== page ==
2007 OPEN FORUM Abstracts
UTILIZATION OF PROPORTIONAL ASSIST VENTILATION FOR PATIENTS WHO FAIL A SPONTANEOUS BREATHING TRIAL.
Table 1 Ventilator Settings & Measured Values
Background: Unloading ventilatory muscles has been a primary issue with our ventilator population. After analyzing ninety samples, it was revealed that 81% of the failed spontaneous breathing trials (SBT) were related to rapid, shallow breathing. Our original process for resting patients who have failed a SBT was to ventilate the patient utilizing “Volume Control Ventilation plus” (VCV+). One disadvantage of using an assisted mode for resting patients is the inability to properly set the ventilator to provide adequate rest without over resting the ventilatory muscles. Another disadvantage is patient/ventilator asynchrony, which may occur at any phase of breath delivery. A study of “Proportional Assist Ventilation” (PAV) was initiated to explore potential advantages over VCV+.
Method: 16 adult patients (age 63 ± 5yrs. Male gender 50%) who failed a SBT were included in this study. Test conditions consisted of alternating the ventilator (Puritan Bennett 840, Tyco Healthcare, LLC.) between the basal mode of ventilation, VCV+, to PAV with 80% support, PEEP, and a FiO2 to match the basal parameters. Patients were allowed 30 minutes to stabilize after modality changes before obtaining respiratory and hemodynamic measurements (table 1). Patient ventilator asynchrony was detected by visual inspection of the flow and pressure waveforms displayed on the ventilator. The paired two sample t test was used to evaluate differences between the modalities using spreadsheet software (Excel, Microsoft, Redmond, Washington). A p value less than 0.05 was considered statistically significant.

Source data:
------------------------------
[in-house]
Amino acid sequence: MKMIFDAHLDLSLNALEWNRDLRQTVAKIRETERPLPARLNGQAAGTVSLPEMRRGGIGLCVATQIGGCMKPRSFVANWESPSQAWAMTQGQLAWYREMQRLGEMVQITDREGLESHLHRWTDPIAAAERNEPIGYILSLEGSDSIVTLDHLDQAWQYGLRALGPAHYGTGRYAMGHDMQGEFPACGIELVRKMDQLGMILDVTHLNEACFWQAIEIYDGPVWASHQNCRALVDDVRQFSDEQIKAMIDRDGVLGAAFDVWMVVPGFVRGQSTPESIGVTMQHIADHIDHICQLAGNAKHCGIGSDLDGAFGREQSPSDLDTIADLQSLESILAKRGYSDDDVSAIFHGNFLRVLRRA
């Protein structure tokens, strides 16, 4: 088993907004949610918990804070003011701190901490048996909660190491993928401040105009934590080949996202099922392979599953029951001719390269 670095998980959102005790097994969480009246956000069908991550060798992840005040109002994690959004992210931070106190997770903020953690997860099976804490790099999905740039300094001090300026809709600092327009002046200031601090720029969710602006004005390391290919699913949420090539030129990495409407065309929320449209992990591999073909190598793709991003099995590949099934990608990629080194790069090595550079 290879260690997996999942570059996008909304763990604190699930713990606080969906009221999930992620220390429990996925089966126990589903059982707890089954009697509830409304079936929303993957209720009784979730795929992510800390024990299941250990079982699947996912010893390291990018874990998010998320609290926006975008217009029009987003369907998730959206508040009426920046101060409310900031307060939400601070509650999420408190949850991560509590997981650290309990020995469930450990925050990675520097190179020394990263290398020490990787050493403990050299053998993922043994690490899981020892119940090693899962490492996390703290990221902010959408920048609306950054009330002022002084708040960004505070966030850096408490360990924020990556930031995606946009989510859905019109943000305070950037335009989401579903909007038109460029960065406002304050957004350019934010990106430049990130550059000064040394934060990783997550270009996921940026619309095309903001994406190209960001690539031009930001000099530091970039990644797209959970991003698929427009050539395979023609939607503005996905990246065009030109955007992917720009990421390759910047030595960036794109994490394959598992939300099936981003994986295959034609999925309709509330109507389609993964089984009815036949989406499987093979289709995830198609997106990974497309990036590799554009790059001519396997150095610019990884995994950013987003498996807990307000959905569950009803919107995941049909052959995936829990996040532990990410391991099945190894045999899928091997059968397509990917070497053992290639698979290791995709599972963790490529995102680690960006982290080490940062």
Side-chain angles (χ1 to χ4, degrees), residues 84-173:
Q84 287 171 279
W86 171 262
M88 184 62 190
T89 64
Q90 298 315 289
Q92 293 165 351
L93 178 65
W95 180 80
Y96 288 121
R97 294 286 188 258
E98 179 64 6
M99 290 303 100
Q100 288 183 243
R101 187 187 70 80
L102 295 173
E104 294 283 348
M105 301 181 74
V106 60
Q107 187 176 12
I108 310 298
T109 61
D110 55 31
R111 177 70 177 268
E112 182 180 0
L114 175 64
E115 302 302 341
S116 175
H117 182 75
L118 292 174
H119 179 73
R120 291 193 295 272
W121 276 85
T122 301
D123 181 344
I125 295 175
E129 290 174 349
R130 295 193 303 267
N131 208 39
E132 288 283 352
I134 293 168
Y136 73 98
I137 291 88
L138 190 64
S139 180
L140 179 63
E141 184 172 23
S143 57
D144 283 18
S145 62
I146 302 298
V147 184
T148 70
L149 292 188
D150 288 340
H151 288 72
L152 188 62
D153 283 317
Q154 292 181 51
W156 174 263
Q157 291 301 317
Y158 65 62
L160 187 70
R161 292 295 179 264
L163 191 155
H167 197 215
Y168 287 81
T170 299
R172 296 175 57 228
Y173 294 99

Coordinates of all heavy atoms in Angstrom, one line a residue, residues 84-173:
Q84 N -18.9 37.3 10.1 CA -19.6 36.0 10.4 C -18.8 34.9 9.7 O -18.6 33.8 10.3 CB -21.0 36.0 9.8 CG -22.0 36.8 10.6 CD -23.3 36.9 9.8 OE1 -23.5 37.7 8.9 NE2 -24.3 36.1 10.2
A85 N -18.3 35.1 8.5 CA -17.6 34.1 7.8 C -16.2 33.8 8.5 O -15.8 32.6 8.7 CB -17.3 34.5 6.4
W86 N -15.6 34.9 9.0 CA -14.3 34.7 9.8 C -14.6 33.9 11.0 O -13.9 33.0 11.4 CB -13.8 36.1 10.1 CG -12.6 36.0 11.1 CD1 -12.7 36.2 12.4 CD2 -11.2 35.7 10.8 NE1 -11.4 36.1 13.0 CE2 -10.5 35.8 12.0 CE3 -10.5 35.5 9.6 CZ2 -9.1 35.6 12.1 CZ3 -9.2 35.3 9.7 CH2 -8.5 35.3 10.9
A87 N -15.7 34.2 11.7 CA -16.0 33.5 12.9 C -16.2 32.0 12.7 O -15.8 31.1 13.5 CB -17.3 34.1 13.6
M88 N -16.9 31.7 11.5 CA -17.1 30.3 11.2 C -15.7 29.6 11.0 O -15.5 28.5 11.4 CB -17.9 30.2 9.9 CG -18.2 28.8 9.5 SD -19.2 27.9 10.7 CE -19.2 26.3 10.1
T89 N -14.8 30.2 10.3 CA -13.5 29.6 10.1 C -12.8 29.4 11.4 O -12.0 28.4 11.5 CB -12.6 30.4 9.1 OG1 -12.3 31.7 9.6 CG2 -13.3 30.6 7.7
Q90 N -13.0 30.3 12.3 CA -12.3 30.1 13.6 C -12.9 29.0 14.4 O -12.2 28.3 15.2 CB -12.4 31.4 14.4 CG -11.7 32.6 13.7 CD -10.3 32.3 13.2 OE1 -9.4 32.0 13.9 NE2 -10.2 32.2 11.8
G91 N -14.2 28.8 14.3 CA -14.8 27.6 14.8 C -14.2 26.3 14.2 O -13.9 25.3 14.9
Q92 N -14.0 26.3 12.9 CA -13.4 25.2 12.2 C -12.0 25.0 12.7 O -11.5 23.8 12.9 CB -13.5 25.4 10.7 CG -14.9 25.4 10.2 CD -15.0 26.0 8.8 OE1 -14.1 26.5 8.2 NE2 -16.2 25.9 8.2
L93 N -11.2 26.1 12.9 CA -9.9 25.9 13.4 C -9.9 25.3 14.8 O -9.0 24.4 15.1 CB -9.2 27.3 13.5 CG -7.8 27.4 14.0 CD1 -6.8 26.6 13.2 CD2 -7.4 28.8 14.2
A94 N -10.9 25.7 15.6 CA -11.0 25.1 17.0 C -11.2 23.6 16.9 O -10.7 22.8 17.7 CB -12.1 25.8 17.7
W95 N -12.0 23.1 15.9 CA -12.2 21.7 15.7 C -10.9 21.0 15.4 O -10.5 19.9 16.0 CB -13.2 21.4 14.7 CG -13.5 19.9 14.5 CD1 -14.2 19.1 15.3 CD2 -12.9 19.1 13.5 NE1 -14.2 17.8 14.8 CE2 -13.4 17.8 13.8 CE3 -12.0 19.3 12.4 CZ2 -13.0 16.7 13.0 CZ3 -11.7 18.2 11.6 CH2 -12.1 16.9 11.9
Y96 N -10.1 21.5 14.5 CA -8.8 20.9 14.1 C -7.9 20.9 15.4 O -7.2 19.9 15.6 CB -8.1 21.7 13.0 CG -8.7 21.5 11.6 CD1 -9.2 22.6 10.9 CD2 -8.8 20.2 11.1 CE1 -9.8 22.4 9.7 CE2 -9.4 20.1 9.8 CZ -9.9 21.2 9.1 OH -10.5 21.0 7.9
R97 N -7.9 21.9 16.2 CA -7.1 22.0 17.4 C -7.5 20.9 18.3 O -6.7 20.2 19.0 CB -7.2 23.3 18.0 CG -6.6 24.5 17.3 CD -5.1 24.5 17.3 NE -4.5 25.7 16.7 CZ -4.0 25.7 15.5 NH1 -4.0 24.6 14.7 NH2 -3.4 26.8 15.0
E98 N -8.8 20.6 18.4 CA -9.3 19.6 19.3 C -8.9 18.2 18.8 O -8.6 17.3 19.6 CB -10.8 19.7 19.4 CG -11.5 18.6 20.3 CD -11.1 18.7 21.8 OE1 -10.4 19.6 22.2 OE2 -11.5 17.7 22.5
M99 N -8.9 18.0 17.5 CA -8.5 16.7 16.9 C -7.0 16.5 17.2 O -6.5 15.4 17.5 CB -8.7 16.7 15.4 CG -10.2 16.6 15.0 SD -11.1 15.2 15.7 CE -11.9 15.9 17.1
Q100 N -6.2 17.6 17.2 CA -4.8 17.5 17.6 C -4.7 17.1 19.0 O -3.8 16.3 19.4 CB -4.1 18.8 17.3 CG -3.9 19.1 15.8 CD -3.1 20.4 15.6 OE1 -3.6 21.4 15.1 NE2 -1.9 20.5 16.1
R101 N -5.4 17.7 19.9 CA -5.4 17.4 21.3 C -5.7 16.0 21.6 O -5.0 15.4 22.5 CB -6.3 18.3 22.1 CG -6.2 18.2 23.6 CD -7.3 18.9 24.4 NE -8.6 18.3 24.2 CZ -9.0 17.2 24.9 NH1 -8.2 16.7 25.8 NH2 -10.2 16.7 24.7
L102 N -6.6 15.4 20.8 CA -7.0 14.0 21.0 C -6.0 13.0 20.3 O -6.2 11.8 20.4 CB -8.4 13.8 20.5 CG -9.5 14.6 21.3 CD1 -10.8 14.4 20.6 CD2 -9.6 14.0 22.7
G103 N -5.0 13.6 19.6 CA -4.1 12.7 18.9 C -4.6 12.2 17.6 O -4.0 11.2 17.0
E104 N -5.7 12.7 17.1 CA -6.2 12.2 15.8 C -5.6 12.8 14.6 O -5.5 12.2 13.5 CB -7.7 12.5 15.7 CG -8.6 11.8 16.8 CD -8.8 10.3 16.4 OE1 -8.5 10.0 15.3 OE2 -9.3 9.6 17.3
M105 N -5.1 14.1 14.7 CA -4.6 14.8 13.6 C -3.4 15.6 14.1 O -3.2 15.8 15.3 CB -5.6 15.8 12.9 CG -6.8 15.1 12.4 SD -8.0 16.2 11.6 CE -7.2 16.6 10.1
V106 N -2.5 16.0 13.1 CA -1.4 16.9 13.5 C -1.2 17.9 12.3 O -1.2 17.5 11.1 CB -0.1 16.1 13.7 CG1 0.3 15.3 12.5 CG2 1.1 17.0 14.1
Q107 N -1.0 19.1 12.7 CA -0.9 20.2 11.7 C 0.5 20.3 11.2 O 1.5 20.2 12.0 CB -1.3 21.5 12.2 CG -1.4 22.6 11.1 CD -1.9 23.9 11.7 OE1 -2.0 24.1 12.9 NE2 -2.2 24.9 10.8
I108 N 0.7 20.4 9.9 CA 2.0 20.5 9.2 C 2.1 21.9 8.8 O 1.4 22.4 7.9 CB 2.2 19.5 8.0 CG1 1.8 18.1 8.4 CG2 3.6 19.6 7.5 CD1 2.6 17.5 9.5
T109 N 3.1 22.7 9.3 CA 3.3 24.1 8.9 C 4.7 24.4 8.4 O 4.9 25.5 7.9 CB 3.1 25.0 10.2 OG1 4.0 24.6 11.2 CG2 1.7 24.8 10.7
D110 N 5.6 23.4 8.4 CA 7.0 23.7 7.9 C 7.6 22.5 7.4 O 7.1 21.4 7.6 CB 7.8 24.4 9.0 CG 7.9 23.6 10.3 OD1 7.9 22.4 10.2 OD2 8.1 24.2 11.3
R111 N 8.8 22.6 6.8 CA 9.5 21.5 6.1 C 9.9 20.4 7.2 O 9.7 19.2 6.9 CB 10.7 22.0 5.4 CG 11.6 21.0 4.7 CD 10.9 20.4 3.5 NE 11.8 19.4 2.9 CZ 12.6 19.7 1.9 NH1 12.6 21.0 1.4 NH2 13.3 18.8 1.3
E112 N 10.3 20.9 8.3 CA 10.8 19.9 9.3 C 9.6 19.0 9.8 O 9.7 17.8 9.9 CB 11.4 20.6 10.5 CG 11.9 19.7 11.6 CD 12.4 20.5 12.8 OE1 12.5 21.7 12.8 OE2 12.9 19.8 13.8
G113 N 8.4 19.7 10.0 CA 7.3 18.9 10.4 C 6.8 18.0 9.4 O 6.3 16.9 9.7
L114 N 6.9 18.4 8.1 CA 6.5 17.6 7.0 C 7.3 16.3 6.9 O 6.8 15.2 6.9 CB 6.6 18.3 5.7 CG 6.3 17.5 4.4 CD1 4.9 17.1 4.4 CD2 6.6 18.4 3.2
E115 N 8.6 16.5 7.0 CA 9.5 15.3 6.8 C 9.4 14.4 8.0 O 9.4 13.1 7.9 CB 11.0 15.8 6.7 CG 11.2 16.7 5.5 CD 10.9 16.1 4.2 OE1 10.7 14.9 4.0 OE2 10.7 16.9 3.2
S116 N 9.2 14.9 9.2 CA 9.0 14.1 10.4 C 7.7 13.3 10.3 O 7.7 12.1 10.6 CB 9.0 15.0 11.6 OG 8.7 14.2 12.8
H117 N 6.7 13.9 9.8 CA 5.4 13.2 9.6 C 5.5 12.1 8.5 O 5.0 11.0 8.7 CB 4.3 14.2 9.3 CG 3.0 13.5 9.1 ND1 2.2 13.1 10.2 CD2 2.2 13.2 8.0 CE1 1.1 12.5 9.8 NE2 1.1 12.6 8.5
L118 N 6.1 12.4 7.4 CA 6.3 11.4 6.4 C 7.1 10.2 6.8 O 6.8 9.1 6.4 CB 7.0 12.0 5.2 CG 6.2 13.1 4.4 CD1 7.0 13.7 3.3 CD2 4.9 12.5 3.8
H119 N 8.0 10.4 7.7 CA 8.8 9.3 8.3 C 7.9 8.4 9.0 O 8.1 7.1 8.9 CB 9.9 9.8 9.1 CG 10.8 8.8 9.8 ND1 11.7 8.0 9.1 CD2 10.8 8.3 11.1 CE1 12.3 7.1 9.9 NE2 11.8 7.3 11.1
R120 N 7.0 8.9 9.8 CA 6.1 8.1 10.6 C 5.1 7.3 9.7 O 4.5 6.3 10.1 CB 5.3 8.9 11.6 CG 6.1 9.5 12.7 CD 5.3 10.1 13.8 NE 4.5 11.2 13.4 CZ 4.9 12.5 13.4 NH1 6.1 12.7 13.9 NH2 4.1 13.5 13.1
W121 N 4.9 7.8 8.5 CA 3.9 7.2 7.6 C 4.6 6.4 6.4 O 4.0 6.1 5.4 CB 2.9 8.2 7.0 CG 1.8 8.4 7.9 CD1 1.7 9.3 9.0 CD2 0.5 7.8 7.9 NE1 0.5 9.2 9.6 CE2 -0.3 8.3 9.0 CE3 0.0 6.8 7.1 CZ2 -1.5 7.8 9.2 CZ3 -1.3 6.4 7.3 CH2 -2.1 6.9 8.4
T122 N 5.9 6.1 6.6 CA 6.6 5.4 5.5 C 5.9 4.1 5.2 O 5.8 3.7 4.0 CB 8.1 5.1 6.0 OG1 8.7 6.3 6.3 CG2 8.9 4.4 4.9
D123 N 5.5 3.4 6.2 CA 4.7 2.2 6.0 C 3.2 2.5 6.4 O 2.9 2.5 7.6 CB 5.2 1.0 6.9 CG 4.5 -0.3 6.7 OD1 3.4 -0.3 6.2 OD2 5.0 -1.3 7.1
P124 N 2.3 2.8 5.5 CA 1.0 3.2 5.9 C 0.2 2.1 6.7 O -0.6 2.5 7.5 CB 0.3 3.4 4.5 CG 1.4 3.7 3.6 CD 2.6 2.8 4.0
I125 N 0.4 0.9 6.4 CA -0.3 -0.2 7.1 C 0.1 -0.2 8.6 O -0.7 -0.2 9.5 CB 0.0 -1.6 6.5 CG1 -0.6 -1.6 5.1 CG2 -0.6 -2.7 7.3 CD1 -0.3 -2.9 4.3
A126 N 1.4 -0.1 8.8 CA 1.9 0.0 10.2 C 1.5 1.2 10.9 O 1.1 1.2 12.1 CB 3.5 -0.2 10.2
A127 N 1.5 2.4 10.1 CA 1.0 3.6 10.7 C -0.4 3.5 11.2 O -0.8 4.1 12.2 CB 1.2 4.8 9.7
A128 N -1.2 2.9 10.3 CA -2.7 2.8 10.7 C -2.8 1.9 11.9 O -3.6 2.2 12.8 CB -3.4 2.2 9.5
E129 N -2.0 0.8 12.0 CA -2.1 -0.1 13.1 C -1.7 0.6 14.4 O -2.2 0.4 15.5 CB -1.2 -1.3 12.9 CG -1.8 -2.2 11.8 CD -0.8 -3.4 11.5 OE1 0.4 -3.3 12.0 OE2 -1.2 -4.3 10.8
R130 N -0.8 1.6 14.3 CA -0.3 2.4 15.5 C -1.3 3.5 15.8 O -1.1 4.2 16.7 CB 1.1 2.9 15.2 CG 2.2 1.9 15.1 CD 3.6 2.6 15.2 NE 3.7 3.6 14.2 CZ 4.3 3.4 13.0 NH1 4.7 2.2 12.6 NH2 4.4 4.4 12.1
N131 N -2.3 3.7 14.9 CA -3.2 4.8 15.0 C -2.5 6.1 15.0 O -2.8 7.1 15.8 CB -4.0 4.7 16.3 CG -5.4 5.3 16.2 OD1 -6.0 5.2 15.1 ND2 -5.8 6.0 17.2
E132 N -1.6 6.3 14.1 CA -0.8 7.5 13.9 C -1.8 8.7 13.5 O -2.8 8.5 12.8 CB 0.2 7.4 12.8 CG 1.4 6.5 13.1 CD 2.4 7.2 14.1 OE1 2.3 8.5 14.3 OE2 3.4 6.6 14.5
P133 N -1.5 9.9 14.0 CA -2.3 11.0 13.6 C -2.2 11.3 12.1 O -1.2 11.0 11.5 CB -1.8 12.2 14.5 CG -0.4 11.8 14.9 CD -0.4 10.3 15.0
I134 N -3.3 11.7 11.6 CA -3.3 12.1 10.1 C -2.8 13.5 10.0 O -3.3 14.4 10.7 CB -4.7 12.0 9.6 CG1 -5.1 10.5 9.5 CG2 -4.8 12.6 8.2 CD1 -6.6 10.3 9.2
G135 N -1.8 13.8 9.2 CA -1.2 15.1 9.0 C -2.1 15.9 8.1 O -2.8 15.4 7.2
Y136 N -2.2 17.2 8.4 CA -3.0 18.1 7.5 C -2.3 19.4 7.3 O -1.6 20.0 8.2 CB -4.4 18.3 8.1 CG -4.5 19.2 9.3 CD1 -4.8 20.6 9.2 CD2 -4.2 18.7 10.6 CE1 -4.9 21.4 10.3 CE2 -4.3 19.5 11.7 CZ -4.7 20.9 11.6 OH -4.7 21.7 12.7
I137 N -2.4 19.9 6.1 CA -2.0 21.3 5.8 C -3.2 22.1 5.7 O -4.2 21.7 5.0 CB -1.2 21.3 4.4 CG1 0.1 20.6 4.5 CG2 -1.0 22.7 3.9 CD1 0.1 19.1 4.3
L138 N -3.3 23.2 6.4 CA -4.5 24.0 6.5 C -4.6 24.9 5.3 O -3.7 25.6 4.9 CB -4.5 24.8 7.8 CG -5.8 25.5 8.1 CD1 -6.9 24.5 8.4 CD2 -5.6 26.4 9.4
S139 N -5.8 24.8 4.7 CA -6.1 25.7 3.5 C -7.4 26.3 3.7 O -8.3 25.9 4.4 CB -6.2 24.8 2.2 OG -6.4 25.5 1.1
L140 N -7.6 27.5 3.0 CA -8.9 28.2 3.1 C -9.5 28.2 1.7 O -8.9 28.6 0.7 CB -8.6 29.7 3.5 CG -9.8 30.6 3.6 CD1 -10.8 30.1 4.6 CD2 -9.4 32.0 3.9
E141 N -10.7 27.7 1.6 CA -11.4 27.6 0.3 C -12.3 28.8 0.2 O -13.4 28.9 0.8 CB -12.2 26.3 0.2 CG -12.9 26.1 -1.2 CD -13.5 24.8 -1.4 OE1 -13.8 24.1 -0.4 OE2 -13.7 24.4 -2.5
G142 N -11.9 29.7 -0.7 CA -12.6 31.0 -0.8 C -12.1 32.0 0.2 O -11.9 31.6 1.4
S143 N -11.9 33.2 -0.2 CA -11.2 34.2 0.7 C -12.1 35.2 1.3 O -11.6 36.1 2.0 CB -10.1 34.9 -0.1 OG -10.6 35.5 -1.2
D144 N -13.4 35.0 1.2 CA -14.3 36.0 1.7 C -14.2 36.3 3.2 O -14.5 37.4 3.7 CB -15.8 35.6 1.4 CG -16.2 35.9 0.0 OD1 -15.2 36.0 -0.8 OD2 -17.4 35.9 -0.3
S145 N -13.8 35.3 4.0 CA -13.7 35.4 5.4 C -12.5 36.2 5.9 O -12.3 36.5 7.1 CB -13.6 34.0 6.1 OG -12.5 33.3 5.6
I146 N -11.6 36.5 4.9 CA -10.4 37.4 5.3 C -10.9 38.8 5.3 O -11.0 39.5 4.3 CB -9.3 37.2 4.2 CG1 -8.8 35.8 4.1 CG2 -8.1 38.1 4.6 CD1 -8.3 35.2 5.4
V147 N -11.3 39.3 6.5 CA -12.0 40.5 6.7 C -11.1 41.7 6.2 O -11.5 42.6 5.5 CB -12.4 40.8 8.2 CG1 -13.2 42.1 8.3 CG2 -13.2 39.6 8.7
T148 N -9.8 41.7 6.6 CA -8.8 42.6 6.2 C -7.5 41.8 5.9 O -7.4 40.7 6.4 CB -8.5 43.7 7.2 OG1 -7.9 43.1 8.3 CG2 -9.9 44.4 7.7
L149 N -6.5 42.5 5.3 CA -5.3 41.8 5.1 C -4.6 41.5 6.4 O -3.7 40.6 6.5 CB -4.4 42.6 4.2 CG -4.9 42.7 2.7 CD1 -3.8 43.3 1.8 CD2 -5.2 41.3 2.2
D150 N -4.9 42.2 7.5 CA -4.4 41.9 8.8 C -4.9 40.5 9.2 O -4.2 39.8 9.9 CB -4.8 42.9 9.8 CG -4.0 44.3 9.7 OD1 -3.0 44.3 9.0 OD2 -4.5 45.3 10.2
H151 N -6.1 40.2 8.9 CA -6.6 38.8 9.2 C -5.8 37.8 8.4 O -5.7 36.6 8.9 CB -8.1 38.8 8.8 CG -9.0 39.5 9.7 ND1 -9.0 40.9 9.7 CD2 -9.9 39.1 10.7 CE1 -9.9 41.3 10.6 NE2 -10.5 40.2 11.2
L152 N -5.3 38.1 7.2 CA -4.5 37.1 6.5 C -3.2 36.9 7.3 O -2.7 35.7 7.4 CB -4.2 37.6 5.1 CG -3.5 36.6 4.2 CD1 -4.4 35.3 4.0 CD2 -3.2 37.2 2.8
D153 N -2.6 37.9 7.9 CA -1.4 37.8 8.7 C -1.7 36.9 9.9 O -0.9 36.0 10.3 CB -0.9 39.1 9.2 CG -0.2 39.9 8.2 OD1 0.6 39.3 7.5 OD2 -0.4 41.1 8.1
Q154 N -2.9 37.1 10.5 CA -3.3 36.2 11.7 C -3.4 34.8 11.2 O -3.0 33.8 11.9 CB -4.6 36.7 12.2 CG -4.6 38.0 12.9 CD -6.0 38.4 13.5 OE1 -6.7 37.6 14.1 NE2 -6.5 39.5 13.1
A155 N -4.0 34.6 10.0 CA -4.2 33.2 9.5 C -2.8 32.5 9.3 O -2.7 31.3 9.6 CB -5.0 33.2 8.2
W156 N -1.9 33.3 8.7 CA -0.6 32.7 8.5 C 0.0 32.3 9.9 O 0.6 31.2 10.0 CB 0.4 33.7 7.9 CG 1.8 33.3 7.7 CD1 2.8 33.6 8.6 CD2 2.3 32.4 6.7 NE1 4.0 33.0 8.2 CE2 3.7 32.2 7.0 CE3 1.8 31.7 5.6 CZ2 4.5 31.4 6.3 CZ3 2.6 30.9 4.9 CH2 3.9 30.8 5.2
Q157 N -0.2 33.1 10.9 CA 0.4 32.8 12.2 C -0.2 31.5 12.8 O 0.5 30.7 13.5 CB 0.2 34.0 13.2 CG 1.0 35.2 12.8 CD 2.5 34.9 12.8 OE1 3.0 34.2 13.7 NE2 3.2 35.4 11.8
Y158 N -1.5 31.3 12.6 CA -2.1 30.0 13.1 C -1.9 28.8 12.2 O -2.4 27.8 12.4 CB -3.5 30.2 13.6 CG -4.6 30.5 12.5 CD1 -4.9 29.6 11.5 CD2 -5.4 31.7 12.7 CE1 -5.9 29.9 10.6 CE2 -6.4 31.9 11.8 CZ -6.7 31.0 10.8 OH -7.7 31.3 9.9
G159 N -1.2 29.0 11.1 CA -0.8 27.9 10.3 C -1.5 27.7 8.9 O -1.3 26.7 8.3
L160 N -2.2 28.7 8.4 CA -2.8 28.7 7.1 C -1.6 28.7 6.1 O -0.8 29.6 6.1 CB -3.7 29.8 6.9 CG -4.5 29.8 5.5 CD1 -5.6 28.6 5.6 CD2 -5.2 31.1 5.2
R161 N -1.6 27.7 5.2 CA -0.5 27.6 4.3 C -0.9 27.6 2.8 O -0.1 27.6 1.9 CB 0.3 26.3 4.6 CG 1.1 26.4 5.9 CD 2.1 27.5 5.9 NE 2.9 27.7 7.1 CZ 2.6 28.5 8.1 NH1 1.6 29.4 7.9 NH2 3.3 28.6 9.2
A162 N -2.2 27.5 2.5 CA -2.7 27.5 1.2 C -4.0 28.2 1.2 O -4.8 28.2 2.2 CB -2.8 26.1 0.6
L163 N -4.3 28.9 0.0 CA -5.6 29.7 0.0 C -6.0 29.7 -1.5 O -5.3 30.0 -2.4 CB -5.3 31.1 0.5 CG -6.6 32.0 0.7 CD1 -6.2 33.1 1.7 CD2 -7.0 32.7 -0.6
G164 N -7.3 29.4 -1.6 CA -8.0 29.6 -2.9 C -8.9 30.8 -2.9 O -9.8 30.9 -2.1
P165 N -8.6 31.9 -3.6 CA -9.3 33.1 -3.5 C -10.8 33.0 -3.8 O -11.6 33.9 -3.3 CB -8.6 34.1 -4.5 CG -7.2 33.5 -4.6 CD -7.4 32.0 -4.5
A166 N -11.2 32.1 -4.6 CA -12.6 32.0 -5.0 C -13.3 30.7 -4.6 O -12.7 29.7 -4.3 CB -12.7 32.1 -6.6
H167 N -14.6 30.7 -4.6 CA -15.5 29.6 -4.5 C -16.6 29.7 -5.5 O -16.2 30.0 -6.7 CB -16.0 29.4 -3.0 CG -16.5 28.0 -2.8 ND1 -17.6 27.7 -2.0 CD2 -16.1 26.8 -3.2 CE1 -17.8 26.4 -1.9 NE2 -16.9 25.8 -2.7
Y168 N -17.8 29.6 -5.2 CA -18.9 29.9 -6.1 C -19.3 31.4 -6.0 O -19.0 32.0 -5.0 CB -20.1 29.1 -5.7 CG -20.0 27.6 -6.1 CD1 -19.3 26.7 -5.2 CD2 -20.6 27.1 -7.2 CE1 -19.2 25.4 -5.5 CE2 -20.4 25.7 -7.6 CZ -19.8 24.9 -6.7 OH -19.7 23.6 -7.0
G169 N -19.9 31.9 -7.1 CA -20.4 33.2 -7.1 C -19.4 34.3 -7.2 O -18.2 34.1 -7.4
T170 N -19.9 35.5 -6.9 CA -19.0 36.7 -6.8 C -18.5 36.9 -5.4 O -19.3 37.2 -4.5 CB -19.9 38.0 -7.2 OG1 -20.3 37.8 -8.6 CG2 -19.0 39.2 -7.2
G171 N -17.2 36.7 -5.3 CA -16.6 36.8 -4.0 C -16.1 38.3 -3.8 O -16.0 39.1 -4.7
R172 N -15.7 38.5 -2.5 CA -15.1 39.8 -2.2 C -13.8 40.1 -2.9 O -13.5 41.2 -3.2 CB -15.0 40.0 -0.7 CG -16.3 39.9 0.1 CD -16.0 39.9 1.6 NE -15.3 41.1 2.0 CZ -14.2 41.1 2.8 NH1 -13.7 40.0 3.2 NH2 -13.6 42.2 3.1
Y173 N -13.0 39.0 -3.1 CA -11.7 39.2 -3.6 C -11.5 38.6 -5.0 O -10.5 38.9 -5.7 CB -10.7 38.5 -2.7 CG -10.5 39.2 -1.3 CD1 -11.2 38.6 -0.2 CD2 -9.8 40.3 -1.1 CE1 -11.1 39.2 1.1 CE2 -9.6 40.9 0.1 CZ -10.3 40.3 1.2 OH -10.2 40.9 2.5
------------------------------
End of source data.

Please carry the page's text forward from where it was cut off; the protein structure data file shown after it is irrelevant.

Results: When comparing total PEEP, exhaled tidal volume, minute ventilation, total respiratory rate, heart rate, and asynchronies there was no statistical differences between VCV+ and PAV. However, in regards to Peak Inspiratory Pressure (PIP) PAV ventilated at a lower measured PIP (p < 0.05) and generated a lower mean airway pressure (< 0.01) in comparison to VCV+.
Conclusion: The findings of this study indicate that PAV creates a significantly lower PIP during ventilation in comparison to VCV+ with modest variation in exhaled tidal volume, minute ventilation, and total respiratory rate.
|Variable||VCV+ (Basal Mode)||PAV|
|Set Rate||12 (8-14)||NA|
|Set Tidal Volume||500 (450-600)||NA|
|FIO2||45 (30-60)||45 (30-60)|
|PEEP||6 (5-8)||6 (5-8)|
|Trigger||2.2 (2-3)||2.2 (2-3)|
|Rise Time %||60 (50-70)||NA|
|Total PEEP||9 (5-11)||6.3 (5.2-8.3)|
|PIP||26 (21-43)||20 (13-30)|
|Mean Airway Pressure||13 (12-17)||10 (7.7-13)|
|Tidal Volume Exhaled||540 (458-712)||500 (261-835)|
|Minute Ventilation||12 (8.75-15.8)||10 (8.29-14.6)|
|Total Respiratory Rate||23 (15-29)||23 (13-36)|
|Heart Rate||101 (87-110)||101 (96-110)|
Values are displayed as "means" with the low & high values in parenthesis.